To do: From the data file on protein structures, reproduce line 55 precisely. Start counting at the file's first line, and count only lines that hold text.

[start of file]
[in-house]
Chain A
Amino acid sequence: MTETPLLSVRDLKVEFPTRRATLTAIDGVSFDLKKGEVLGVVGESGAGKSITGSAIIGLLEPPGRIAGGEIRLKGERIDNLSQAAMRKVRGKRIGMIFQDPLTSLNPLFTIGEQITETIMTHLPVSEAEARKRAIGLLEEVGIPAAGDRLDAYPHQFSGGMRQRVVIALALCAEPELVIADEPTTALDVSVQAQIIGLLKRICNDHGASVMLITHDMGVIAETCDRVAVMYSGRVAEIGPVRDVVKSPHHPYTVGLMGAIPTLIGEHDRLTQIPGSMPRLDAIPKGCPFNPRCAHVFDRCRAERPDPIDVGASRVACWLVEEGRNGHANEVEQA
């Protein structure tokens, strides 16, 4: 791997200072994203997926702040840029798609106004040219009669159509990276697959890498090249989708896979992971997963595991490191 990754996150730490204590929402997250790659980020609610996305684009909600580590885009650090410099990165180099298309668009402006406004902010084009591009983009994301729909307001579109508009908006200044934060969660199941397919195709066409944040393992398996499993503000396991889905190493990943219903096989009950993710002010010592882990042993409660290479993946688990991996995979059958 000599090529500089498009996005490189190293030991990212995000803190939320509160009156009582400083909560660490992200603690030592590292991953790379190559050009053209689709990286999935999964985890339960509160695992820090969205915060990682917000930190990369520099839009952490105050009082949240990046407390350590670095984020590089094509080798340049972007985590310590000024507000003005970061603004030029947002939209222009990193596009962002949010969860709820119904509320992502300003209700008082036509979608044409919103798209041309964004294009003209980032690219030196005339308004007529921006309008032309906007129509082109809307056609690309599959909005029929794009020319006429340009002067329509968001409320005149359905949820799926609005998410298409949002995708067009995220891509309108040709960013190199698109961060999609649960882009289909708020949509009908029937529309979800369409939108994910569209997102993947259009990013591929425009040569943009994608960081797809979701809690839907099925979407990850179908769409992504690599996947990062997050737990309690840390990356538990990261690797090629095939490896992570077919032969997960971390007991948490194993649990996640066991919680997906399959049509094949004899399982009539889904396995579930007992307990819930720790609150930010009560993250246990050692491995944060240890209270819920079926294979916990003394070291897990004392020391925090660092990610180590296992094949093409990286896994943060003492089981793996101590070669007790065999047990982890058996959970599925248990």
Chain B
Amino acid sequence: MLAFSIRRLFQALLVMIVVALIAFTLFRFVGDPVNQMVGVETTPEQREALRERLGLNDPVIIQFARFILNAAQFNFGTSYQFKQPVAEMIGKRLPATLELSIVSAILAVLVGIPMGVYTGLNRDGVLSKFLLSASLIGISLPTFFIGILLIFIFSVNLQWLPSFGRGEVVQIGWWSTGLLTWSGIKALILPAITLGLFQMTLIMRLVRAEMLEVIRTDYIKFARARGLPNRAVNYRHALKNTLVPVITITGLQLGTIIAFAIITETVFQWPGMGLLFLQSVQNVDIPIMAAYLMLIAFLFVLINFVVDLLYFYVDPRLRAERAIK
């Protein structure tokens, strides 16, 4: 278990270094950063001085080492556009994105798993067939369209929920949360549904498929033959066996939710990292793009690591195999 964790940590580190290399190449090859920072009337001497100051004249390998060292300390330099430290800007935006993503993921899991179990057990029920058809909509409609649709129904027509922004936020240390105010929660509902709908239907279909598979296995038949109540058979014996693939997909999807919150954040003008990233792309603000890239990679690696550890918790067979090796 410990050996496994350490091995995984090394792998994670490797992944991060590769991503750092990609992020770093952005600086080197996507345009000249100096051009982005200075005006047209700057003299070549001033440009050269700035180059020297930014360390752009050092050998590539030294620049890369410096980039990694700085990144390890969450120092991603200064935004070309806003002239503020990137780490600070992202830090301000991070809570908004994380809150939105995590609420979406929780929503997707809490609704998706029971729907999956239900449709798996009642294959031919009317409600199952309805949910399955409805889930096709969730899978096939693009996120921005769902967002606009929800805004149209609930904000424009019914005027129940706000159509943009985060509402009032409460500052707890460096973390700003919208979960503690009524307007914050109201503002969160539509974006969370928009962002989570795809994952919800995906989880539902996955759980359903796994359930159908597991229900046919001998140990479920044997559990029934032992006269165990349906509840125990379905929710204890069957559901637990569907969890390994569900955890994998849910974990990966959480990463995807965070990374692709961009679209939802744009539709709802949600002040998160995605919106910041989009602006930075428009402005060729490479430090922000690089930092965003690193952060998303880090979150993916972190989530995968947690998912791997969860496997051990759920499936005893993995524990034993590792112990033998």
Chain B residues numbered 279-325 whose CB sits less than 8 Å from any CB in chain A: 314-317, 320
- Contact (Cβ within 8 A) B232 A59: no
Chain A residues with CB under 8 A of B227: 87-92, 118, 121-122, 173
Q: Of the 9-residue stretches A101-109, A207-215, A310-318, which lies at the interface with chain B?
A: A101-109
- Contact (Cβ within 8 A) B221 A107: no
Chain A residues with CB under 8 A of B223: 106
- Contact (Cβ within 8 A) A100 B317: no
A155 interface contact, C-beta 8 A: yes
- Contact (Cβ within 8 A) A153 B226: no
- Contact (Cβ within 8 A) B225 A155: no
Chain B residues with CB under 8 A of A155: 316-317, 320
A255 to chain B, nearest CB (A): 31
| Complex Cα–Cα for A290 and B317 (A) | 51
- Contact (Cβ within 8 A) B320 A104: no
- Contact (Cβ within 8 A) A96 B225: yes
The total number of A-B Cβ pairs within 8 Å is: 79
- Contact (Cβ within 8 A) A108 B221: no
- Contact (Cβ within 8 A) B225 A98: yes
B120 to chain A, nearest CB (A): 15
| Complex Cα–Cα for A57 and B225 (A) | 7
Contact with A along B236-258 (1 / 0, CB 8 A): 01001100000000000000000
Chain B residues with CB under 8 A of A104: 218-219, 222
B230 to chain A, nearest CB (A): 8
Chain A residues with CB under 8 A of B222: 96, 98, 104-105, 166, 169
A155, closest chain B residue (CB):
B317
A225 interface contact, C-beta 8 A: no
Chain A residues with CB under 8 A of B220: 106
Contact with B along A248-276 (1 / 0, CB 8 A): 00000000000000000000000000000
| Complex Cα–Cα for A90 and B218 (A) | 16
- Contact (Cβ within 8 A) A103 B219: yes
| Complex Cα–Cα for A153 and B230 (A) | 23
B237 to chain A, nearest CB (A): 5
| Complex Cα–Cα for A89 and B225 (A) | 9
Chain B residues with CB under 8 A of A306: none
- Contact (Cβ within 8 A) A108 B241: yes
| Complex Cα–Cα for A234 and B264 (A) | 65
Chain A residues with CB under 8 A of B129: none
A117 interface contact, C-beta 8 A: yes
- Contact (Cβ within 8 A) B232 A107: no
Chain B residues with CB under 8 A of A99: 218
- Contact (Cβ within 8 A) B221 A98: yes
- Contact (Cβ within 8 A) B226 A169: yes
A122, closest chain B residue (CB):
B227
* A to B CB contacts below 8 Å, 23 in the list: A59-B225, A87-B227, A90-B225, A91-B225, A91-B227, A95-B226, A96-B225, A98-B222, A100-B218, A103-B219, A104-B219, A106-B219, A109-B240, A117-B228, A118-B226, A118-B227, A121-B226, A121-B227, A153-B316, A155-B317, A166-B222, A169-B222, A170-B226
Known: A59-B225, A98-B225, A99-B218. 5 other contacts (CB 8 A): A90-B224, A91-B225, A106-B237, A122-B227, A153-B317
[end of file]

Known: A59-B225, A98-B225, A99-B218. 5 other contacts (CB 8 A): A90-B224, A91-B225, A106-B237, A122-B227, A153-B317